Analog just buy another Simpson

    At work I use a Fluke 87V. Pricey but it has the stuff we need for some of our tests
     
  8. thepumpguysc

    thepumpguysc Senior Member

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    x2 on the Fluke 87..
     
  9. Vetech63

    Vetech63 Senior Member

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    That pic made me think I was in a Antiques Roadshow episode. Everything I use now is Fluke and have never had an issue with any of their products. Well worth the money if you ask me!
     
  10. boaterri

    boaterri Well-Known Member

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    I assume that you have checked the fuse inside the case.......

    Rick
     
  11. funwithfuel

    funwithfuel Senior Member

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    Fluke 88 and power probe. As BV pointed out you have the bar graph for fluctuating voltage. I also tote an old snap on vantage for the graphing meter.
     
  12. repowerguy

    repowerguy Senior Member

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    If it goes to half scale and sticks, that means the movement is bad. Most likely the pivot jewels.
     
  13. laycobeau

    laycobeau Well-Known Member

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    Sometimes the foil strip behind the glass curls up on the old ones and makes the meter stick check you just might get lucky
     
  14. John C.

    John C. Senior Member

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    I figure it is in the movement as well.

    So what will a digital meter enable me to accomplish that an analog meter won't? All I use is the ohm meter and the volt meter.
     
  15. laycobeau

    laycobeau Well-Known Member

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    No you just take an exacto knife and cut off the foil and it will be ok may not be the movement what do you have to lose
     
  16. Tenwheeler

    Tenwheeler Senior Member

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    In that case nothing.
     
  17. Birken Vogt

    Birken Vogt Charter Member

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    I need to be very precise with some voltages and the big display that is four digits, 00.00 is nice. When I started analog was the thing also but I don't miss the slow action or anything.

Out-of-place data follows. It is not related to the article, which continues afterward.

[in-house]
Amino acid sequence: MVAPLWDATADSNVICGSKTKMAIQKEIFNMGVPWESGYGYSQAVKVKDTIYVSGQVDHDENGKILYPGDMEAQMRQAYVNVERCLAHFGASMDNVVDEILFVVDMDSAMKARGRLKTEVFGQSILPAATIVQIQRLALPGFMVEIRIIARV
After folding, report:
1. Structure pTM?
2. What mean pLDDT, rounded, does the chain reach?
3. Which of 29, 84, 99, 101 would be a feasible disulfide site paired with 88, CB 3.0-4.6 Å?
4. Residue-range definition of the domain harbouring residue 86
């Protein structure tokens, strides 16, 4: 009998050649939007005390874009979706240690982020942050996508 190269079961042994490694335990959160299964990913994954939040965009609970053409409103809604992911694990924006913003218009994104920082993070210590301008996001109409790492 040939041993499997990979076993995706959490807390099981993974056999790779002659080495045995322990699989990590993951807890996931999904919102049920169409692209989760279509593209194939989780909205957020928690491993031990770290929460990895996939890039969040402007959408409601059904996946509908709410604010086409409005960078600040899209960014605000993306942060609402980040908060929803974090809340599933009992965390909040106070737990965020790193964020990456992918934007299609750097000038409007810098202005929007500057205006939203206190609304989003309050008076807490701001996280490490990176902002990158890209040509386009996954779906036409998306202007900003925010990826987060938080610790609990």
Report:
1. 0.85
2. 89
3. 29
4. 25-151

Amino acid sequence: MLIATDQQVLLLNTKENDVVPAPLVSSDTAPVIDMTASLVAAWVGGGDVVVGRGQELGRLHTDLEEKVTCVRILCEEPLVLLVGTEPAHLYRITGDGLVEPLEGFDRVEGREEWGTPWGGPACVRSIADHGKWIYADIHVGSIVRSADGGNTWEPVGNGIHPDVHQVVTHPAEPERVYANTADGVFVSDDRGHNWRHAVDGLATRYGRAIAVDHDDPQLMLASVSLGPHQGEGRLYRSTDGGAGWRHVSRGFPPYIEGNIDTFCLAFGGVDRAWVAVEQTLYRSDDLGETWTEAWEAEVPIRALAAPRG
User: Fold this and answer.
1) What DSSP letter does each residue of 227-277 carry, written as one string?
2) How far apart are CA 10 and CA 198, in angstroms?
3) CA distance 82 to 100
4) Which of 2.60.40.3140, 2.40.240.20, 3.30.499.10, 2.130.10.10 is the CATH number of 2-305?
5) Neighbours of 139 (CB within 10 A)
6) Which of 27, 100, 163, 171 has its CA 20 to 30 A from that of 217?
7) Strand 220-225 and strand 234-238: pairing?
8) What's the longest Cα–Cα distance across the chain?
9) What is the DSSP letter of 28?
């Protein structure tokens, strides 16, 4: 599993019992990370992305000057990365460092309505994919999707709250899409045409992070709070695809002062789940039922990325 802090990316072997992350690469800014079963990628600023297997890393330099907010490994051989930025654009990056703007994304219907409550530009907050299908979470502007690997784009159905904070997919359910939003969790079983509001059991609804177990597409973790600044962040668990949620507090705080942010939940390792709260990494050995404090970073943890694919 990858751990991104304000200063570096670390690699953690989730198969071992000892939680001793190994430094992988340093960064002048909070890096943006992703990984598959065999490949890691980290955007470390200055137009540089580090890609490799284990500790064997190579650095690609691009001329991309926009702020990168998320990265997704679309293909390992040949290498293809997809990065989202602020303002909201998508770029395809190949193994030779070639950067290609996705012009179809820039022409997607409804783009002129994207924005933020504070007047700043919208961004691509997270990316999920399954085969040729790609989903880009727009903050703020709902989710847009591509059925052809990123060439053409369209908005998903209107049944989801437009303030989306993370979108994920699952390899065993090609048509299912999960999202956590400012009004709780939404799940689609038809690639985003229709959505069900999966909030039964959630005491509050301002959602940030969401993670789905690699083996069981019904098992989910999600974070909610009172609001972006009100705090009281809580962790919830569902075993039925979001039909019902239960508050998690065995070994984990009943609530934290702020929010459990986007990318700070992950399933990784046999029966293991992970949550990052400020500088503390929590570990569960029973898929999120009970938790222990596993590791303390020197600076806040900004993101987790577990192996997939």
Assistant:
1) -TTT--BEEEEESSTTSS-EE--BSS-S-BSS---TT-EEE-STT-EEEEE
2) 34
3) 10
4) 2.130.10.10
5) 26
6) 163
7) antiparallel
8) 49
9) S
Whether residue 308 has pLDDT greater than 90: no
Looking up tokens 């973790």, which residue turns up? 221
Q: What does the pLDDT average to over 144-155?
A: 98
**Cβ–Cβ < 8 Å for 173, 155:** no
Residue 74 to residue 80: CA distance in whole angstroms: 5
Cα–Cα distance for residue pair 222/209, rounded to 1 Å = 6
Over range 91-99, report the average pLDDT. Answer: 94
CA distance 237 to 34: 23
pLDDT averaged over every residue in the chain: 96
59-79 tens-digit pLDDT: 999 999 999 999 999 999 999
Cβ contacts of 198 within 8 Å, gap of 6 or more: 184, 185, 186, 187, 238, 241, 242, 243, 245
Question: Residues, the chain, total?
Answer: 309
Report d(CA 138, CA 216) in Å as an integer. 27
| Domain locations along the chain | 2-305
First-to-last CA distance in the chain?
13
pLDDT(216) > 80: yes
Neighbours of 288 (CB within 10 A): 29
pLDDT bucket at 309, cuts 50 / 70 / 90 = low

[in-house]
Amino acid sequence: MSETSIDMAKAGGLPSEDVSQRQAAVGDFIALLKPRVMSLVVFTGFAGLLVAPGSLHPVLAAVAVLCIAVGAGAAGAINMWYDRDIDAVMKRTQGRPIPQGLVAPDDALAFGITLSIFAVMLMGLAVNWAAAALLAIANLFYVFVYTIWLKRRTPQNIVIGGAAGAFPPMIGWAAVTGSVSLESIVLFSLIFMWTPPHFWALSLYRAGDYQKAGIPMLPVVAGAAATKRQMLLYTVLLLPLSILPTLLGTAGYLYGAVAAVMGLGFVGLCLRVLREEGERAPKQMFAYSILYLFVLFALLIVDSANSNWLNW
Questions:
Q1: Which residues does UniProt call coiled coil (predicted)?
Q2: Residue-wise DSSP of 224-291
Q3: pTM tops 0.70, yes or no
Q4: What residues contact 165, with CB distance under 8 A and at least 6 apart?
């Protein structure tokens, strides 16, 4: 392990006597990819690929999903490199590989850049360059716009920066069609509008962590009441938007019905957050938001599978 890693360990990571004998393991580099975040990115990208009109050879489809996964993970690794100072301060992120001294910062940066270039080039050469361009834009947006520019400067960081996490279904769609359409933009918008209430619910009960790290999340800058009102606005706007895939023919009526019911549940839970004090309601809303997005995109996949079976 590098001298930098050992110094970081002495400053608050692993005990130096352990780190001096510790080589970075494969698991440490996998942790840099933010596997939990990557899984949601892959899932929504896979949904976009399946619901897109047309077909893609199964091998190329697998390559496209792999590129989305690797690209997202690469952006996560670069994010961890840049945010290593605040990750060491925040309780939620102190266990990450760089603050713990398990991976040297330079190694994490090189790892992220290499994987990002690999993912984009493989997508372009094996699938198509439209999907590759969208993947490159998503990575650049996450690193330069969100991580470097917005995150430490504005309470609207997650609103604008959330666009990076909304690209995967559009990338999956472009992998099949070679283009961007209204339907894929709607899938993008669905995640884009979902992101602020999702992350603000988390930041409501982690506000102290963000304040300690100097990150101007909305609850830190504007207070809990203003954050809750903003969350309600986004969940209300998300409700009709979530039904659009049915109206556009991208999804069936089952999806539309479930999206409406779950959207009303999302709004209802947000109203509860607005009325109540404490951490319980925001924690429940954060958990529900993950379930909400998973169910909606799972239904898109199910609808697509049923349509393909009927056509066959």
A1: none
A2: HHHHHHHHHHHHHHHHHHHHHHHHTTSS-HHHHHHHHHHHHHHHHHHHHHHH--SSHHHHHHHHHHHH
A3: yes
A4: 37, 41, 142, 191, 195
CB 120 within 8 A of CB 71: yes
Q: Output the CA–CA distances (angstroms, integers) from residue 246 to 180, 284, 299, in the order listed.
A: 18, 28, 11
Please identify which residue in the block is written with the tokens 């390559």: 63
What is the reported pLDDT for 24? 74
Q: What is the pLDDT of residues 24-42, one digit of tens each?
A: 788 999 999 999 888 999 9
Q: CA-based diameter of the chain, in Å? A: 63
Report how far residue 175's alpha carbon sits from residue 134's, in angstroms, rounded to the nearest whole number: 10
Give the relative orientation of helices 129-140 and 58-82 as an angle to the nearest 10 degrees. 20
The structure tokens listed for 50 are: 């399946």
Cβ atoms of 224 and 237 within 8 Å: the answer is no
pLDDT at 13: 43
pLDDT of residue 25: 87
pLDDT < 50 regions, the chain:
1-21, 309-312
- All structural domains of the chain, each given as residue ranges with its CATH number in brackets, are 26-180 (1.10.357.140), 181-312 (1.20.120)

18. willie59

    willie59 Super Moderator

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    I love analog, but for ohm, digital is the way. Infinity indicates break in coil, zero indicates dead short inside coil, and then when all things are good you get a digital (resistance) reading of the coil. Bonus, most digital meters in ohm position will offer an audible beeeeeeeep for continuity test, very handy. As for volts, analog is better, but you'll learn to live with volts just don't seem to settle down on a hard number when you switch to digital. Digital meters are hyper sensitive to voltage fluxuations where analog is more forgiving of such. Setting the recommended 9.0 volts on the horsepower limiter board on a Genie lift with a digital meter, yeah, good luck, get it bouncing somewhere around the 9 volt range with wild +/- fluxuations and call it good. LoL
     
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  19. John C.

    John C. Senior Member

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    Does anyone read milliamps through a coil with either unit? Why won't a digital meter read out a diode? Why would I need a graph ever when working on heavy equipment?
     
  20. John C.

    John C. Senior Member

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    laycobeau, I did the foil thing about five years ago.